Thursday, October 13, 2011

Closure, Need for Prior Knowledge (Revision)


Vertigo by Lynd Ward is a series of three stories, each following a different character. These stories depict sorrow, struggle, and aging of the three main characters as well as those in their presence, their cities, and their country at the time. There are no names, no specific dates- hardly any words at all. So how is it that a reader can combine these hundreds of solitary images into such an involved tale without words? It can be done with the use of the phenomenon “closure” described by Scott McCloud. “Closure,” he states is, “the phenomenon of observing the parts but perceiving the whole.” (McCloud, 63.) Said more simply, closure is being able to look at two panels of a comic that describe two separate moments in a scene and being able to know what happened in between those two moments without actually being shown what happened. These unseen moments are represented by the white space between the two panels, which McCloud calls the “gutter.” (McCloud, 66.) Of everything that can be used for closure between scenes to occur, the most important in regard to Vertigo is the use of past knowledge. Vertigo is a more complex than other comics, which just emphasizes the need for the way closure is used to be accurate and tapping into past knowledge allows for that to happen.

The phenomenon of closure is essential to understanding what is going on in Vertigo. By definition, a comic is “juxtaposed pictorial and other images in deliberate sequence, intended to convey information and/or to produce an aesthetic response in the viewer.” (McCloud, 9.) Ordinarily, the word “comic” brings to mind the bright, colorful images seen in Sunday newspapers. They’re scattered with speech bubbles and the scenes are very cartoon-like. More often than not, the images are enclosed within fairly uniform rectangles outlined by bold, black lines. The “comic” definition would place Vertigo into the comic category; however, it is laid out much differently than the typical comics just described. For this reason, the way that the phenomenon of closure is used to make sense of the book is very different than other comics and perhaps puts a greater emphasis on the need for closure by the reader. Each image is on a separate page and depicts a unique scene. This is called “scene-to-scene” transition. (McCloud, 71.) The lack of panels defined by a bold line present images that seem to fade off into vast gutters. These immense gutters not only give readers more creative freedom in connecting the scenes, but also require this increased imagination and participation in order to unite all of the images into one larger story that makes sense.

The element that is vital to making closure work in Vertigo is prior knowledge. As McCloud describes, babies and young children assume that because they cannot see something, it does not exist. As older children and adults, we have added many more experiences to our memories. While we have not seen everything there is to see in the world and probably never will, we can draw upon what we take to be truth and what we have experienced to use closure. This idea of past knowledge can be applied to understanding the sequence of events in Vertigo. The knowledge needed to relate the images in Vertigo is far more complex than the knowledge needed to understand common comics. The knowledge we need is a combination of information gathered from the preceding images within the book, as well as our knowledge of human interactions, feelings, traits of certain cities, and even historical events like the Great Depression.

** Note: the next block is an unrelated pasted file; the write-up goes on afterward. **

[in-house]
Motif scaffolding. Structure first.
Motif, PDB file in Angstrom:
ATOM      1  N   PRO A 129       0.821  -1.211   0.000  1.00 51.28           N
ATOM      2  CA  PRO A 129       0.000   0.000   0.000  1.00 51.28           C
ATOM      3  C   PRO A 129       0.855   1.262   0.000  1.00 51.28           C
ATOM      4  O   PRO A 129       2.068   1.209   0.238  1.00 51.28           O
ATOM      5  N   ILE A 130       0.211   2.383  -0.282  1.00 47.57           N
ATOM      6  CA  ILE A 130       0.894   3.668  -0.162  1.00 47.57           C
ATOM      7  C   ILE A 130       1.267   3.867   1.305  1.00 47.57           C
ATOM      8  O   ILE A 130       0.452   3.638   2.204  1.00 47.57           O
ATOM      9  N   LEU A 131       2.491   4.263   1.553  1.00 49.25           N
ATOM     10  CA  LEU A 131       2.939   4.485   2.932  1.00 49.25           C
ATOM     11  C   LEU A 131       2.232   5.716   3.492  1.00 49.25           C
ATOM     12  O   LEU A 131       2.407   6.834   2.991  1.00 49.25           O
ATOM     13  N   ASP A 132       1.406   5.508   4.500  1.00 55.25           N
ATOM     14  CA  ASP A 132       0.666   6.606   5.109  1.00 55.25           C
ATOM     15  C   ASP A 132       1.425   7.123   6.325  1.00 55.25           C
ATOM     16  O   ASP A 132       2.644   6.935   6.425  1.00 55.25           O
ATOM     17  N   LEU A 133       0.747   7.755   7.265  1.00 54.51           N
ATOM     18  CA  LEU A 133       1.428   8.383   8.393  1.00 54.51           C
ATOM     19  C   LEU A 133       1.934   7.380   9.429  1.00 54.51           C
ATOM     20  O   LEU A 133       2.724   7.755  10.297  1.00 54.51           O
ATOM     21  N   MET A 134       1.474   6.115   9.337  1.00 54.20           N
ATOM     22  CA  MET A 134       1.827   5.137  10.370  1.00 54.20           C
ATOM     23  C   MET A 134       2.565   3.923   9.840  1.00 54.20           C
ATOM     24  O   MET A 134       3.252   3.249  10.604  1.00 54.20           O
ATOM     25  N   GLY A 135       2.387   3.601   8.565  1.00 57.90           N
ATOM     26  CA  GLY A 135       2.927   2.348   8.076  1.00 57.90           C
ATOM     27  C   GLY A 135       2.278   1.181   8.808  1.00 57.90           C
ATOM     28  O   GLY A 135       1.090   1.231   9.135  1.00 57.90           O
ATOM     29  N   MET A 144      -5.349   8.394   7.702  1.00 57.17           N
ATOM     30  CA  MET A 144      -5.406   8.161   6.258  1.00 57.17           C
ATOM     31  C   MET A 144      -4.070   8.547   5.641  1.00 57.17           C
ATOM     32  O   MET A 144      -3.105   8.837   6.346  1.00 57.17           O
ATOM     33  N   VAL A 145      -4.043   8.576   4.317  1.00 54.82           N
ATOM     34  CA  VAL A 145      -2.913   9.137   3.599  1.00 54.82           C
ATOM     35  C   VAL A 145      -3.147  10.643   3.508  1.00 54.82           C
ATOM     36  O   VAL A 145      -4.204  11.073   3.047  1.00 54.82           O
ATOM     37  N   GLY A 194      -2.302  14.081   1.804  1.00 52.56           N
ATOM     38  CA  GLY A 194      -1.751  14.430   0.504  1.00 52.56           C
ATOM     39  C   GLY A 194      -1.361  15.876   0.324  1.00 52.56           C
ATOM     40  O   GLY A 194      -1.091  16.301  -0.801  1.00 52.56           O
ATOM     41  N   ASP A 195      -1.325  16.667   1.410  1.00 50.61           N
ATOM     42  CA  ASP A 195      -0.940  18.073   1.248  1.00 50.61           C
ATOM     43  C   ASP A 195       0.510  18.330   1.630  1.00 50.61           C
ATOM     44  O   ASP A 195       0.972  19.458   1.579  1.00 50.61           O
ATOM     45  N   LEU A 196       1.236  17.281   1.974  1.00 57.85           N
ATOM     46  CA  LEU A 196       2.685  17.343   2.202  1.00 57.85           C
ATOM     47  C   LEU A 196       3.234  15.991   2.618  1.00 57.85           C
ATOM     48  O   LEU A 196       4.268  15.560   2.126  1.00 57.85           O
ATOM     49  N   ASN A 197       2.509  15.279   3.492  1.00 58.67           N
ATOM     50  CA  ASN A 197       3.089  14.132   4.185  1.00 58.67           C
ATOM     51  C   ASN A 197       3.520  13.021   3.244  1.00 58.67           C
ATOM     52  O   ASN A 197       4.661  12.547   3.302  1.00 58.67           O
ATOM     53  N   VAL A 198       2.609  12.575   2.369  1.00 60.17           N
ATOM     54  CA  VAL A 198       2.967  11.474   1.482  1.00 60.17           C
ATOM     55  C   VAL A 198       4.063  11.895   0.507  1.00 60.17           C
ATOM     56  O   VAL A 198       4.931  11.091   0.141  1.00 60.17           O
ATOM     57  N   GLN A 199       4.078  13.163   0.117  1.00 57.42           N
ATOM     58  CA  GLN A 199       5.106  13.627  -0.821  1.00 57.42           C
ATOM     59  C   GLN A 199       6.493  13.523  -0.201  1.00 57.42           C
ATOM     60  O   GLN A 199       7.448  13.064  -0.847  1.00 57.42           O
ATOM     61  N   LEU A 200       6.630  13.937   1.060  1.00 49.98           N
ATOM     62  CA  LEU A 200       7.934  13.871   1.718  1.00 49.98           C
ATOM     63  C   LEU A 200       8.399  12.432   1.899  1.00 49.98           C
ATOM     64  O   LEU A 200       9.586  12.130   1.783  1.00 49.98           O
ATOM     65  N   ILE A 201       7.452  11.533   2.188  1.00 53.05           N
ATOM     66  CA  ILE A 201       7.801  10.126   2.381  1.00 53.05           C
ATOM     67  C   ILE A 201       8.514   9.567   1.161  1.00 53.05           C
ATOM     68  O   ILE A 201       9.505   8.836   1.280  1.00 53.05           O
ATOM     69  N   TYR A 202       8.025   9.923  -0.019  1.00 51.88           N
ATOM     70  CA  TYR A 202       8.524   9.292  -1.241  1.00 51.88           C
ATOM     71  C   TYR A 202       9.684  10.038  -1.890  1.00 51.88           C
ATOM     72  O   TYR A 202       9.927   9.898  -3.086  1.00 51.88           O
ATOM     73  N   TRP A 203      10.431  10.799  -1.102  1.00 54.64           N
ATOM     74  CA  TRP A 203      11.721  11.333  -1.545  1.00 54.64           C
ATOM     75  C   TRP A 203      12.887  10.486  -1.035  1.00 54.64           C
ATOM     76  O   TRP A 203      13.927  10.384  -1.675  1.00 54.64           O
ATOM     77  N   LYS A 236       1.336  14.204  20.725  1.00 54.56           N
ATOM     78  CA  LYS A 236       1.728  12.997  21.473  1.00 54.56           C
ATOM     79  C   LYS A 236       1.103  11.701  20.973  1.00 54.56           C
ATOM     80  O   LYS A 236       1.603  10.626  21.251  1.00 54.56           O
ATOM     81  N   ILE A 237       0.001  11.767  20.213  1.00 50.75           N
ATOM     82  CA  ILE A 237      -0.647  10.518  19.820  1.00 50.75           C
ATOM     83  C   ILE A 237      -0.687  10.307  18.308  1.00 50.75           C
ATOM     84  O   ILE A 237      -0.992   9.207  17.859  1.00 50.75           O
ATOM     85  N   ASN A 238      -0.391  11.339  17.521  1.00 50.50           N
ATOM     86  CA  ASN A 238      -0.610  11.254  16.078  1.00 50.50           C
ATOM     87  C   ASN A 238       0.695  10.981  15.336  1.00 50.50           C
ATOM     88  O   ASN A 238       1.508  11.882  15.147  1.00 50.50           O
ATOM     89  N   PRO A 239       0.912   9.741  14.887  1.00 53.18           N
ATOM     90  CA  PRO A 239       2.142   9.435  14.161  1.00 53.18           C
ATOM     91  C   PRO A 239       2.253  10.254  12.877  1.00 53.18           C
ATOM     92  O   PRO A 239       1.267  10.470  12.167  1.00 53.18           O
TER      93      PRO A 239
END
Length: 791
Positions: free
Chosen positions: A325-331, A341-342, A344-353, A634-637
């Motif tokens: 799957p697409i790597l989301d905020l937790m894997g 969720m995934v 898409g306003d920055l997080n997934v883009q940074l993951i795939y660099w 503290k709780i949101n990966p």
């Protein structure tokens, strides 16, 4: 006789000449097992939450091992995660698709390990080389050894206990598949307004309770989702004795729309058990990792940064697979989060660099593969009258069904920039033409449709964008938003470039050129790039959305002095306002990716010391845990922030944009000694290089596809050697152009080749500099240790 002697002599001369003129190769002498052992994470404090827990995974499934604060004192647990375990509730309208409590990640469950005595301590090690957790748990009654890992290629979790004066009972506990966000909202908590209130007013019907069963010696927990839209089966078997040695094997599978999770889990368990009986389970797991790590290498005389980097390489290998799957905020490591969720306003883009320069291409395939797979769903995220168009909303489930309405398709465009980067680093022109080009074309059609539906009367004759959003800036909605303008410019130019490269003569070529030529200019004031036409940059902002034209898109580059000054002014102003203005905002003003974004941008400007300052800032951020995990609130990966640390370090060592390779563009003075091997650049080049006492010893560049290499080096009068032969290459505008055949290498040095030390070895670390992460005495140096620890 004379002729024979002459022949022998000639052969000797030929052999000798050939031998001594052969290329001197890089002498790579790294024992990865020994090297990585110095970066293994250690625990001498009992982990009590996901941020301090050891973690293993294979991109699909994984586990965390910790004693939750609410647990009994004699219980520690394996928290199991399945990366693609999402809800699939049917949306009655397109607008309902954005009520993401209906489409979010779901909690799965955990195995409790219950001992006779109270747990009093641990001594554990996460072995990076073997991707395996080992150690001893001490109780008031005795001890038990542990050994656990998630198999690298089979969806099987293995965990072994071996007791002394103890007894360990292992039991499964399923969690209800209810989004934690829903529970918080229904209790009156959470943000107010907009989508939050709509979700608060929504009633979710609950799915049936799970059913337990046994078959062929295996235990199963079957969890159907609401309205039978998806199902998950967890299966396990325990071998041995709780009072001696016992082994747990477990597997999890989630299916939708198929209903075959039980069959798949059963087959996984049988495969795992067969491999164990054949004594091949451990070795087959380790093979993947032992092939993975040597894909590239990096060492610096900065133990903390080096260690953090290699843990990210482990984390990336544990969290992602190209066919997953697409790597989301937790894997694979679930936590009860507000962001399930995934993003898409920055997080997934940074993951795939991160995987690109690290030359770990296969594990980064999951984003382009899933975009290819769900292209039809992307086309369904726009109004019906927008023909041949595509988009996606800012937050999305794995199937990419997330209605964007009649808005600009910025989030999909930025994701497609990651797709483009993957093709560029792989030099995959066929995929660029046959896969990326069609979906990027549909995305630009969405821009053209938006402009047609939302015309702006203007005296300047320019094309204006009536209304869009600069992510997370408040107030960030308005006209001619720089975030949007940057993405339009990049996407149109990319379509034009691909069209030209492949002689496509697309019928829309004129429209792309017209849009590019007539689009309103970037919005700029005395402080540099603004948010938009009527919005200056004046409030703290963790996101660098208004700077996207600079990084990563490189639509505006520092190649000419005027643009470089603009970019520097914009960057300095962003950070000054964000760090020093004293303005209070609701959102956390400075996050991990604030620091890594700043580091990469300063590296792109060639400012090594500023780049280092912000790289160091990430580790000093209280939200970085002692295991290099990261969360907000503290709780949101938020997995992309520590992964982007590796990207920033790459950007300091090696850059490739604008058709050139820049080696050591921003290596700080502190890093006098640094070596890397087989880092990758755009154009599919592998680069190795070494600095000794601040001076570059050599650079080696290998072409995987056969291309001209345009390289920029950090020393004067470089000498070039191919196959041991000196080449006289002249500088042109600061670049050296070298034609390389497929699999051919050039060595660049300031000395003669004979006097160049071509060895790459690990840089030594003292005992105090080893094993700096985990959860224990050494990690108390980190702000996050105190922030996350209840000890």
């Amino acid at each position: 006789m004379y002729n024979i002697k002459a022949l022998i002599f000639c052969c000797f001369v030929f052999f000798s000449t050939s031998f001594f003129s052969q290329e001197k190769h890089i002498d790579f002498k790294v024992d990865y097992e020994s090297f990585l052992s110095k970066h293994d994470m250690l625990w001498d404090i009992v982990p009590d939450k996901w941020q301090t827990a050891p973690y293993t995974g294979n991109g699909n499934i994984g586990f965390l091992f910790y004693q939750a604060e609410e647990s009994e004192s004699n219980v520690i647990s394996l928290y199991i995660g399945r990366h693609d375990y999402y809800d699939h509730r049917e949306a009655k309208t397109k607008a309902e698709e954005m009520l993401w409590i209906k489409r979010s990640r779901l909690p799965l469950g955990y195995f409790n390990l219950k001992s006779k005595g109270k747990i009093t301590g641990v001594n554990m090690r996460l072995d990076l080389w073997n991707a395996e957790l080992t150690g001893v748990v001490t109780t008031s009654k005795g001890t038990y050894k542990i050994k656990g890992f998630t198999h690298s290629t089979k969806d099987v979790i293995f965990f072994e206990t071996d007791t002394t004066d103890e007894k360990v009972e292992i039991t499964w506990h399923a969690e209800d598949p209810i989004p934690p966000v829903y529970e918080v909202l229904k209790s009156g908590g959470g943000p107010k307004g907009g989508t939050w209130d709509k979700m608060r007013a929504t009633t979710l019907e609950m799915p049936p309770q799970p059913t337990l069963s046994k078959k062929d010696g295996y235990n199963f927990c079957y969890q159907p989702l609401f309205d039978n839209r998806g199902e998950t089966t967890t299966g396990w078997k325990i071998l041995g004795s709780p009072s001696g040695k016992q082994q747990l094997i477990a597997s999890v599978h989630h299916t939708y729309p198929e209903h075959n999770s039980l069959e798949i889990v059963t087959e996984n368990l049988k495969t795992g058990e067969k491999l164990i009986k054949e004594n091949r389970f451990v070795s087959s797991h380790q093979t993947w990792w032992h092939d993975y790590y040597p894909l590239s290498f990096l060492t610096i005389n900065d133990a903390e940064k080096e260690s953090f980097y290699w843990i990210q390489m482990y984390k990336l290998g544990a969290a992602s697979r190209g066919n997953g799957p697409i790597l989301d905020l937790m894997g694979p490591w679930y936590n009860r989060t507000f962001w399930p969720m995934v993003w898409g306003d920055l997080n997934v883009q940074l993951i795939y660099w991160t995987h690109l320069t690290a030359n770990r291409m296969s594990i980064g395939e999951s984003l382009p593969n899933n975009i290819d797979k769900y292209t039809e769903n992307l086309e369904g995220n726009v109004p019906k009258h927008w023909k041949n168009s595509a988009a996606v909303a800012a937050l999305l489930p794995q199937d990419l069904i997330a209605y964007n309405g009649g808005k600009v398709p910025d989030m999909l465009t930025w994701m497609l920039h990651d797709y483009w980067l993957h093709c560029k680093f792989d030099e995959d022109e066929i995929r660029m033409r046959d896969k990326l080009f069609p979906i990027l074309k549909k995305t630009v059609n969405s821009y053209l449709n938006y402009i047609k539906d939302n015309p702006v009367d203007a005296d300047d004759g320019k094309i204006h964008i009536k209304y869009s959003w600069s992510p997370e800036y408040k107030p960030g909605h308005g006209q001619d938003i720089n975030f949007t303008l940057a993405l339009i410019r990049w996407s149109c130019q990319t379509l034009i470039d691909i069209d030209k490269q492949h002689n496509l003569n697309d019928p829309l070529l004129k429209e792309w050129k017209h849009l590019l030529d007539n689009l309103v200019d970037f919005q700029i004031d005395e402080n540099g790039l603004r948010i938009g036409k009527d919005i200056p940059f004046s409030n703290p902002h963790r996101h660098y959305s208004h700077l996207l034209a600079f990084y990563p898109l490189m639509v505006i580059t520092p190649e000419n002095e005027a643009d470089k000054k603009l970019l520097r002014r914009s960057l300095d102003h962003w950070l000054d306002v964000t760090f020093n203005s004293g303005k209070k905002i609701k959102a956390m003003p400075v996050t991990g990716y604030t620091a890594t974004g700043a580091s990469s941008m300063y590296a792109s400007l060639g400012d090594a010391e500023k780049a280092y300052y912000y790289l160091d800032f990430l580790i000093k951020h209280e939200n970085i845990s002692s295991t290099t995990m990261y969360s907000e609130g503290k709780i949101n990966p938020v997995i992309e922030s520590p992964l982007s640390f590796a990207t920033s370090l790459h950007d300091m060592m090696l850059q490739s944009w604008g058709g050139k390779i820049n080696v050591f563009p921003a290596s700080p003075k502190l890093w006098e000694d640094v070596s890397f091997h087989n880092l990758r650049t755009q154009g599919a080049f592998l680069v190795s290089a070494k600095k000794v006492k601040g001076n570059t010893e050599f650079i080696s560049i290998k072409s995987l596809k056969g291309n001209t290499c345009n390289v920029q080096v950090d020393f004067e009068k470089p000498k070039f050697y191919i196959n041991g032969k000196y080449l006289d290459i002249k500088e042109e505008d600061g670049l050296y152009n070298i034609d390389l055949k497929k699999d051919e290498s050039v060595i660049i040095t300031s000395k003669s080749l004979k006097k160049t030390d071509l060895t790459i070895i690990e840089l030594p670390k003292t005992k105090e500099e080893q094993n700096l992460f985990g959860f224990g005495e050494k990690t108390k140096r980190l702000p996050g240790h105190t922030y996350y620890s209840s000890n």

One could relate the need for prior knowledge to understand a comic to a psychological phenomenon called “top-down processing.” An article by Roya Khoii and Zahara Forouzesh called “Using Comic Strips with Reading Texts: Are We Making a Mistake?” calls top-down processing “a process in which one begins with a set of hypotheses or predictions about the meaning of the text one is about to read.” They also state that top down processing “makes use of the reader’s previous knowledge, his or her expectations, experiences, scripts and schemas in reading the text.” (“Using Comic Strips…” 3.) While this definition pertains to text, the idea can be applied to looking at the images in Vertigo as well. Each image the reader sees is looked at in a new light. The top-down processing restarts with each new picture. The predictions and expectations carried to each new picture are a result of the viewing of the images before it. As each page is observed, the collection of previous knowledge grows and it becomes easier to tie the pictures together into a clear, linear story. Closure requires the reader to use the information given to them in the comic in a “top-down” way in order to allow what would otherwise be “fractured... time and space” to be read smoothly. (McCloud, 67.)